The next-gen version of Call of Duty: Ghosts, the first game in the blockbuster shooter series to appear on the PlayStation 4 and next Xbox, has perfectly round weapon sights to go along with its ear-splitting explosions and relentless Michael Bay action.
It also has a motion-captured dog squad mate who sniffs out explosives and protects the Ghosts, a fictional team of soldiers who in Infinity Ward's new near future Call of Duty universe are America's great hope in the battle against a new superpower that emerged after some mysterious apocalyptic world event.
Oh, and the dog has scars on his nose and a tattoo on his ear.
This is all made possible by Ghost's next-gen engine, which powers new tech Infinity Ward's executive producer Mark Rubin showed off during a recent event in Santa Monica, California. Ghosts is the first next-gen Call of Duty game from the creator of the series, and it's clear Infinity Ward wants to highlight the hard work it's done making the jump to next-gen an obvious - and substantial - one.
Let's start with Sub-D, an advanced graphics tech that has been planted into Infinity Ward's engine to improve the fidelity of the game's visuals. It does this by increasing the number of polygons - the triangles that make up a game's geometry - in real-time as players get closer and further away from objects.
The example used is a weapon sight. In 2011's Modern Warfare 3, when you looked closely at the sight of your weapon, you might have noticed it appear jagged. With Sub-D on, the number of polygons that make up the circular sight is dramatically increased so it appears perfectly round.
Sub-D extends to all facets of the game, including level environments and character helmets, and is married to the higher resolution textures possible with the increased power of the next-gen consoles. All of any given weapon is modelled, including the texture on the grip, the wires and even the screws. Previously in-level flat surfaces now have actual geometry.
Your character's arms, which in first-person shooters is the most-seen part of your character's body, have fine hairs, bruising, cuts and even dirt beneath the finger nails. Sub-D means the previously block hands are now smooth and curved. Environments benefit from new HDR (high-dynamic-range) lighting, self-casting shadows and tessellation. In a jungle level lifted from the game, there's a cave set behind a small waterfall. Move inside and you'll see steam and mist effects.
"The truth is, if you ask anybody who knows, there's no engine. There are pieces. There are engines. It's actually plural. There are parts of it that are completely new."
Infinity Ward executive producer Mark Rubin
It's easy to get embroiled in the semantics of Ghosts' "new next-gen engine". Infinity Ward has never been big on the specifics of its tech, so its decision to delve deep into into its new threads is a somewhat surprising one. But I can't help but feel that describing it as entirely new is overselling it a tad.
"We never really got into naming, or trying to call ourselves out as a tech engine," Rubin tells me in a follow-up interview.
"All advanced tessellation is new for the engine. The HDR Lighting is new. It's just a complicated thing. I guess part of the problem is, we don't name our engine. We won't name our engine. We don't try to sell our engine to anybody else. We don't want to focus in on the engine too much.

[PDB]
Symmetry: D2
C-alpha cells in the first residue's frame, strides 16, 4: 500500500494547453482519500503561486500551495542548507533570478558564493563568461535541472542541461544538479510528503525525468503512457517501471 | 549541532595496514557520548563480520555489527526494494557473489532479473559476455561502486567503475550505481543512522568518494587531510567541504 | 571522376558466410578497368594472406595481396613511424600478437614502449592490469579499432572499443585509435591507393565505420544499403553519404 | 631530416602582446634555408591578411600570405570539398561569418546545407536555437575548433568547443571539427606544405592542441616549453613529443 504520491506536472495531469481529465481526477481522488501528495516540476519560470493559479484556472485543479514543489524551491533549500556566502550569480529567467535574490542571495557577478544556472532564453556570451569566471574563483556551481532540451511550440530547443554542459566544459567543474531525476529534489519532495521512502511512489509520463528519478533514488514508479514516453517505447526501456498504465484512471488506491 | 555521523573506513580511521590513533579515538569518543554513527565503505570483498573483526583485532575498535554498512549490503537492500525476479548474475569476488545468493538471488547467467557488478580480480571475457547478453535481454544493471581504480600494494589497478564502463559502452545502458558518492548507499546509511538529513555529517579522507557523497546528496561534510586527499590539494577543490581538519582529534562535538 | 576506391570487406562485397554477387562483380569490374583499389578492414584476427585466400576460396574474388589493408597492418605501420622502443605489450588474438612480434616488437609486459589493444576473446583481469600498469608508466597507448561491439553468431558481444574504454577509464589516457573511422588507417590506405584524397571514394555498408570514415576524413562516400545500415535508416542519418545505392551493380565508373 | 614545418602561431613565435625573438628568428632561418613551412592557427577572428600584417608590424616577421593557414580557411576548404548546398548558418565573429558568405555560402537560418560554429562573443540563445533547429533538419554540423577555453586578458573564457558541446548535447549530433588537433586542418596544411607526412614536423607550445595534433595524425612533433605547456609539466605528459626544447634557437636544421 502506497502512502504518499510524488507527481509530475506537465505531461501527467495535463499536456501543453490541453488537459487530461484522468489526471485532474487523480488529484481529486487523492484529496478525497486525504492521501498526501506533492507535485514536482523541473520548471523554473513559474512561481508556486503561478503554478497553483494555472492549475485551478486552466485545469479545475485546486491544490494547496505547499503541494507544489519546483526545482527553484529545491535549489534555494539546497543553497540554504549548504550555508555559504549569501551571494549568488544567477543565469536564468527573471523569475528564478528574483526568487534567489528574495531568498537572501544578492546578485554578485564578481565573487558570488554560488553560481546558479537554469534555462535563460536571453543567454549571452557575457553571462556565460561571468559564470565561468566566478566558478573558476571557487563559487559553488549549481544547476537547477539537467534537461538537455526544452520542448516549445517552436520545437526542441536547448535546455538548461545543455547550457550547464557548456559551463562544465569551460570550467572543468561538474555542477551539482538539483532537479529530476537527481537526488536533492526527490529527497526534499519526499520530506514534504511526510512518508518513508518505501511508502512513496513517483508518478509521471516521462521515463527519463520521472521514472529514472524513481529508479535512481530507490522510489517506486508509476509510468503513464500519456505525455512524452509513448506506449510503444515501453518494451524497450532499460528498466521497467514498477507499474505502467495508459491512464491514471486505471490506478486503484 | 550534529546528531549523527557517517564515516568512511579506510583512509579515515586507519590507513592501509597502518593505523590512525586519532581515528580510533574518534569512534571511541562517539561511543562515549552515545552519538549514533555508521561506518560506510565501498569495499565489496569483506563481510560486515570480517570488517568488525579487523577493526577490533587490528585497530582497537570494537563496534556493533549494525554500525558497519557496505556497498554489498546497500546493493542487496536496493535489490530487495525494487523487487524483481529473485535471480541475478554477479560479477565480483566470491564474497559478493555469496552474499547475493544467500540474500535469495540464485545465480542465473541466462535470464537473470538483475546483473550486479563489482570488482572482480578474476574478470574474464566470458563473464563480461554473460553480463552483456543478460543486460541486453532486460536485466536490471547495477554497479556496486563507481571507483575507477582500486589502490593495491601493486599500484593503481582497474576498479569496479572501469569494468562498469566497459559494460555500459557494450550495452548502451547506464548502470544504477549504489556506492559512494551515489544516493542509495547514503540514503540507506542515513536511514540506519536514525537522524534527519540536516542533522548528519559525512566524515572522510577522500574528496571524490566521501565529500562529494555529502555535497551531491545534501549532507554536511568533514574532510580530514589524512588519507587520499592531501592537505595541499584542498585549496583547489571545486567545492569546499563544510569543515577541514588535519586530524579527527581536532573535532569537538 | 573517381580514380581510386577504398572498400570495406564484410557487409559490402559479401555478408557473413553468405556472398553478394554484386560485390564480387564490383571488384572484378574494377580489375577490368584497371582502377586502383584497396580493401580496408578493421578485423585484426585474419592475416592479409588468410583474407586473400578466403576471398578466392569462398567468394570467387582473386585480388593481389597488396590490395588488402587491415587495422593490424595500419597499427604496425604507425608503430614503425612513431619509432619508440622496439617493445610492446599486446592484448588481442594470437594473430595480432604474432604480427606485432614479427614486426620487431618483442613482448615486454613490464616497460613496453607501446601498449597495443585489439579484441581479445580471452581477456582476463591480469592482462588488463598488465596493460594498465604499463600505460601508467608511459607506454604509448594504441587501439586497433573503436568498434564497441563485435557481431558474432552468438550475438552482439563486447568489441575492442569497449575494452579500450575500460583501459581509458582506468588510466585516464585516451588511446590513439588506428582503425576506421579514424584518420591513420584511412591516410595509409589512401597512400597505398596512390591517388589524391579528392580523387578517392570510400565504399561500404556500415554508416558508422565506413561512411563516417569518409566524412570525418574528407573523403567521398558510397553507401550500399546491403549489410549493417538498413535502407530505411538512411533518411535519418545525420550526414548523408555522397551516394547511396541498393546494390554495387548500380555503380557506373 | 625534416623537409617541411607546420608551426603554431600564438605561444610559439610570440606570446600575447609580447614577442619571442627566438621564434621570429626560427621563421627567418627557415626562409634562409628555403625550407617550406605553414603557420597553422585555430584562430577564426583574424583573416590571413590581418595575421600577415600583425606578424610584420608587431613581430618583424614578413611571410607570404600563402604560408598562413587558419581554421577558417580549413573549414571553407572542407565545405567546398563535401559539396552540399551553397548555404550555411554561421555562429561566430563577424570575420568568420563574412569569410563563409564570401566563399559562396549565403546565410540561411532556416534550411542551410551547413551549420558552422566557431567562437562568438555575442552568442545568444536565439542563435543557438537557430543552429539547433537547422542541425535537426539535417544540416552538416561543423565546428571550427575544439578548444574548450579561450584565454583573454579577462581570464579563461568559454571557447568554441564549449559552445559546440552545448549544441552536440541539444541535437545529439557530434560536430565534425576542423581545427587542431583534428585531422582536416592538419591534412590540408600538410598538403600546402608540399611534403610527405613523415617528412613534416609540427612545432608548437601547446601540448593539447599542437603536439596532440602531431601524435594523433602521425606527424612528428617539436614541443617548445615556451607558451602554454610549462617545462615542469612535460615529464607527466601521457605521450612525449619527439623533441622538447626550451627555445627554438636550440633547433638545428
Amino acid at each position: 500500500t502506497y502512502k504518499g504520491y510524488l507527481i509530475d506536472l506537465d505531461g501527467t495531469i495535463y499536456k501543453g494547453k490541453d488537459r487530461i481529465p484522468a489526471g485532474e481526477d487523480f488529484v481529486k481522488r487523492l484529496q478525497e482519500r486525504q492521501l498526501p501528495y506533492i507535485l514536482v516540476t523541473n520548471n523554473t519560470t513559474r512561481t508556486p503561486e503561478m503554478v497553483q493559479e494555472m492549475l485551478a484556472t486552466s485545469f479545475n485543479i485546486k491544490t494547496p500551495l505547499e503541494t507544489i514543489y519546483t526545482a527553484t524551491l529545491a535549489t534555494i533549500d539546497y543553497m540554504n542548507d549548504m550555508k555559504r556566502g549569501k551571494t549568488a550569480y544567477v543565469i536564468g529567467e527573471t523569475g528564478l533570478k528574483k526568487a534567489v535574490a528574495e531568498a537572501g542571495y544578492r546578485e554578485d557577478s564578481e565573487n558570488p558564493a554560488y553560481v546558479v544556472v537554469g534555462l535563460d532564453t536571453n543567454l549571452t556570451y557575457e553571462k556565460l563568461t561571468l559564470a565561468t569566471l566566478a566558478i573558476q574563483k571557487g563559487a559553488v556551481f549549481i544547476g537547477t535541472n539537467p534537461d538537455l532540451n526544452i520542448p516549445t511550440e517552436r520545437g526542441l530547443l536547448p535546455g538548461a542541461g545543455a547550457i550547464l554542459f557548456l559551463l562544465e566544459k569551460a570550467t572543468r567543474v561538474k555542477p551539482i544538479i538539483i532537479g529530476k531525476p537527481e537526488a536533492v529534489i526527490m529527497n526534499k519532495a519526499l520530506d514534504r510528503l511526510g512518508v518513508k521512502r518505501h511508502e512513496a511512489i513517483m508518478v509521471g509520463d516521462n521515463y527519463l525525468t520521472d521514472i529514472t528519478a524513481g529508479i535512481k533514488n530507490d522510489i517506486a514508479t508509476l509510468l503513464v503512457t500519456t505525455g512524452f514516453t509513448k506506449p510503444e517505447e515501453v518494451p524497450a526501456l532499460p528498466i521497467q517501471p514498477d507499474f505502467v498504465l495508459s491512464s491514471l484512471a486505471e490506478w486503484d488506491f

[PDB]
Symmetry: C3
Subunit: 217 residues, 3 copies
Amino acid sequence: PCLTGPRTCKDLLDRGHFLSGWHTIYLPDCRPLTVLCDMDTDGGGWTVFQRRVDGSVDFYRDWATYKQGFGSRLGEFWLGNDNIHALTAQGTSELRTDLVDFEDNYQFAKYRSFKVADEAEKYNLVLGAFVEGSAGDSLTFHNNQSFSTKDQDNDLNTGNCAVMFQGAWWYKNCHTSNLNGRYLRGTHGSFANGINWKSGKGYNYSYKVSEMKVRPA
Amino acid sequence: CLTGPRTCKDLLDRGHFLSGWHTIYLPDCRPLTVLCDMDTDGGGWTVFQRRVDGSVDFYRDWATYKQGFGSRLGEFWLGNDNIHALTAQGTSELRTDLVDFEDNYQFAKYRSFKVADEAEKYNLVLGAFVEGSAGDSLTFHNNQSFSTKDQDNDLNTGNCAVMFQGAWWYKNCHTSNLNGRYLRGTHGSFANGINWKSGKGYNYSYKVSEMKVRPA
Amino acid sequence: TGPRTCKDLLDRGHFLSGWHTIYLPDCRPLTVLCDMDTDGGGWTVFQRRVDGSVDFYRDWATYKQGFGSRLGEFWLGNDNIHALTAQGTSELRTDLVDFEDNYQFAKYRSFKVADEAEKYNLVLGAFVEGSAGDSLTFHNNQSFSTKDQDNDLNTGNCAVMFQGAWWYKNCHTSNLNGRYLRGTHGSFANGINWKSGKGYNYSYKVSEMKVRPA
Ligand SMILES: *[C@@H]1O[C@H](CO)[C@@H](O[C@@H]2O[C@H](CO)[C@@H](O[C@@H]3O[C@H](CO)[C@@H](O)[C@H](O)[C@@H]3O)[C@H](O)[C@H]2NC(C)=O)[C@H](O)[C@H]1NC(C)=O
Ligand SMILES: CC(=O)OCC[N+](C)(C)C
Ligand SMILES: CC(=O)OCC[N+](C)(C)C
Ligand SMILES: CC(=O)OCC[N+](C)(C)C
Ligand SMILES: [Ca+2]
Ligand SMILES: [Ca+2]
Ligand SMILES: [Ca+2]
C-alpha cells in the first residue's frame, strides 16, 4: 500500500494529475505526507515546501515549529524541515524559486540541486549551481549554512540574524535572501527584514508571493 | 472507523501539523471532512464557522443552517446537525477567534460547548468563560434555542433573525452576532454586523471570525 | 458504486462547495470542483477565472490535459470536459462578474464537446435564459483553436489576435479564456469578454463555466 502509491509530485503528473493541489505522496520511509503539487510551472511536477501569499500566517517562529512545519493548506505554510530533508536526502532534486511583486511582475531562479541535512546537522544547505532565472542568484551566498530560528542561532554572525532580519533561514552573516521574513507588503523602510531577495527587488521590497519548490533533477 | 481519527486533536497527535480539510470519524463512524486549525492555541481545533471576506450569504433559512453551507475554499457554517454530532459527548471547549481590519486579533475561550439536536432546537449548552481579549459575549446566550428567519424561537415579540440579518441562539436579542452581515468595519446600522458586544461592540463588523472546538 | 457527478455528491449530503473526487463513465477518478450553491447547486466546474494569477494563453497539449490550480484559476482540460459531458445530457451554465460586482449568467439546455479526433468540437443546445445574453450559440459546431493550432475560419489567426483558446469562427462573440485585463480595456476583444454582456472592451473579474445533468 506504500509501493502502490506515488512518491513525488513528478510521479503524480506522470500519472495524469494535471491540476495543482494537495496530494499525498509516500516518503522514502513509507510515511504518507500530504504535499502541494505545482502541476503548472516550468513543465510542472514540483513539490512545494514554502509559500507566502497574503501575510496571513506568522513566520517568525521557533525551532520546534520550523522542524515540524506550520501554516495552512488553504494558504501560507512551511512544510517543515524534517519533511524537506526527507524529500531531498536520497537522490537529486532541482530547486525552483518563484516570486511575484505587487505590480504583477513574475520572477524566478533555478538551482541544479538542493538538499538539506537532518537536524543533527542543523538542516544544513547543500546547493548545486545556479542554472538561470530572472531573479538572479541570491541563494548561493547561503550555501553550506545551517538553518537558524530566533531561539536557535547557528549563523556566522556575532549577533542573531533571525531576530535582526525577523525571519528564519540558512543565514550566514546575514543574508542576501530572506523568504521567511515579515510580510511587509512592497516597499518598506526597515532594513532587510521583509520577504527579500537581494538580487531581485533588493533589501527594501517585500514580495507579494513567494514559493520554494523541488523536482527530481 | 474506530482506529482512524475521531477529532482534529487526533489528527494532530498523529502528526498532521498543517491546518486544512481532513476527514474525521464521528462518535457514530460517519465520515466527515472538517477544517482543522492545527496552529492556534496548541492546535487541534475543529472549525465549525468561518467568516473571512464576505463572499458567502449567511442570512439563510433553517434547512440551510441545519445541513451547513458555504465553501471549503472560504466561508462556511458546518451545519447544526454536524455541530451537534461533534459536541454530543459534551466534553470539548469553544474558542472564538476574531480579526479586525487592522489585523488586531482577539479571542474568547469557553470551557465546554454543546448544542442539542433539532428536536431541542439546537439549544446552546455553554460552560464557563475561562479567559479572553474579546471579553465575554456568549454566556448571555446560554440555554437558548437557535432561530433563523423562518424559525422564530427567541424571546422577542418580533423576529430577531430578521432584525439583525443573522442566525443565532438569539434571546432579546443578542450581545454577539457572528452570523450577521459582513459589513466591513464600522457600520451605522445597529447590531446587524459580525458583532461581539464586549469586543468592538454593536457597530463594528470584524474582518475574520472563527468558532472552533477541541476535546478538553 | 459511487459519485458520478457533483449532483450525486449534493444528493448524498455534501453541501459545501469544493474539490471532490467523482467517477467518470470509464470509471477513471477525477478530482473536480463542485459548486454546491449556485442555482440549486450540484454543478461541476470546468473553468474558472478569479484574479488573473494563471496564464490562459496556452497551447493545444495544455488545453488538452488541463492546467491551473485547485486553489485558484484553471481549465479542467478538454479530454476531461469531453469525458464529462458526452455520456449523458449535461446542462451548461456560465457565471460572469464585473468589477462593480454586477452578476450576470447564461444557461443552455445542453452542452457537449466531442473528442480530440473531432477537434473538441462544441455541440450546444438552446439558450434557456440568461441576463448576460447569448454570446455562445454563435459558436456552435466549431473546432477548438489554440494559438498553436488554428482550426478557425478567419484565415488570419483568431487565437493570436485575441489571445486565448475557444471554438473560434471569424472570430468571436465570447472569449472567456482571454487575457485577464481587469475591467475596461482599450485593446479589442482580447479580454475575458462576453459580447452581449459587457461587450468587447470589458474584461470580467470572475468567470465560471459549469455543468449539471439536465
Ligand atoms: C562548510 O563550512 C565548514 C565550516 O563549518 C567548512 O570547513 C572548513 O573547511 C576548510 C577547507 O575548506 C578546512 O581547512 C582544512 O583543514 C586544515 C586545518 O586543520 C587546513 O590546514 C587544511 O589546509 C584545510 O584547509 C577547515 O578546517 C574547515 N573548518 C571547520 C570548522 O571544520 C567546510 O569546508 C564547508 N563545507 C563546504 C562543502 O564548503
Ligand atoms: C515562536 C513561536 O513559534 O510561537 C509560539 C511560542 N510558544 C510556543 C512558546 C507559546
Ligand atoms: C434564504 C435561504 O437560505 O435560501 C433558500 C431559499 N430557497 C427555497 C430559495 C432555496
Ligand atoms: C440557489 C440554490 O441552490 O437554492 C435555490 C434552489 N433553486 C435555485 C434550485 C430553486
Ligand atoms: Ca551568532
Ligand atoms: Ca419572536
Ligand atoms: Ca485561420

"The truth is, if you ask anybody who knows, there's no engine. There are pieces. There are engines. It's actually plural. There are parts of it that are completely new. The lighting is completely new. There's a lot of it that is so completely new.
"We're getting pulled by what we want to achieve with this game, and we're getting pulled by the fact we now have these next-gen consoles to consider. Where that was going to put us on a chess board, what pieces were getting moved, became a very complicated thing in our development."
I push Rubin on specifics: what's new, exactly? "It's a really tough thing to answer because I guess I would say it's more complicated than a simple answer."
So some parts are new and some parts are an iteration on previous work used for Modern Warfare 3?
"The answer is yes to everything. We're not the kind of people who care about engines. We're not the kind of people who tout engine or name engines even. So for us to say it's a new engine is pretty strong. But I think if you ask anybody any engine you know out there, from version three to some other version, it's just an iteration."
One of the reasons gamers love Call of Duty - perhaps the chief reason - is its silky smooth 60 frames per second visuals and low latency controls. Ghosts will maintain this across all platforms, from current-gen to next-gen and, of course, PC. But what about resolution? On PlayStation 3 and Xbox 360 the game runs at 720p while maintaining 60fps, as with previous games in the series. What about on PlayStation 4 and the next Xbox?
"This is very political because there's a lot about the consoles I can't talk about," Rubin says, laughing. "But we will be whatever the consoles are going to run at natively."
For Infinity Ward, the point of all this admittedly impressive fancy new tech is to increase the realism of Call of Duty's graphics, which, in turn, the studio hopes, will help you, the player, feel more involved and attached to the game world. But what is a game world without a story?
Ghosts is set 10 to 15 years from now, when some kind of catastrophe cripples America. Its military forces are devastated, its government is in disarray. A new superpower has emerged. What this is Infinity Ward won't say.
Is it Belgium?
"No that would never happen," Rubin replies.
"Also would never happen. Not believable."
"In previous Call of Dutys you were the badass. Now you're fighting against the guys with all the tech and superior technology and forces."
Ghosts' world rekindles memories of THQ and Kaos' ill-fated 2011 shooter Homefront, which, somewhat ironically, was created to take on Activision's gargantuan franchise at its own game. It's not post-apocalyptic, more apocalyptic, Rubin says. The game begins with a prologue that reveals this mass event experienced by two brothers first hand. Act one picks up with these characters 10 to 15 years later. They've grown up in this new world as a part of their lives. It's an idea concocted by Stephen Gaghan, who won an Oscar for penning the script to Steven Soderbergh's film Traffic.
"The great thing about that is now we get to have this world where things have changed from a status quo standpoint," Rubin says. "The United States and the West aren't the superpowers they used to be. Things have flipped around. The US is now an underdog and a resistance force constantly under attack and barely holding on and barely surviving. And there's someone else, which we're not talking about at the moment, who is the new superpower - someone who wasn't a superpower before."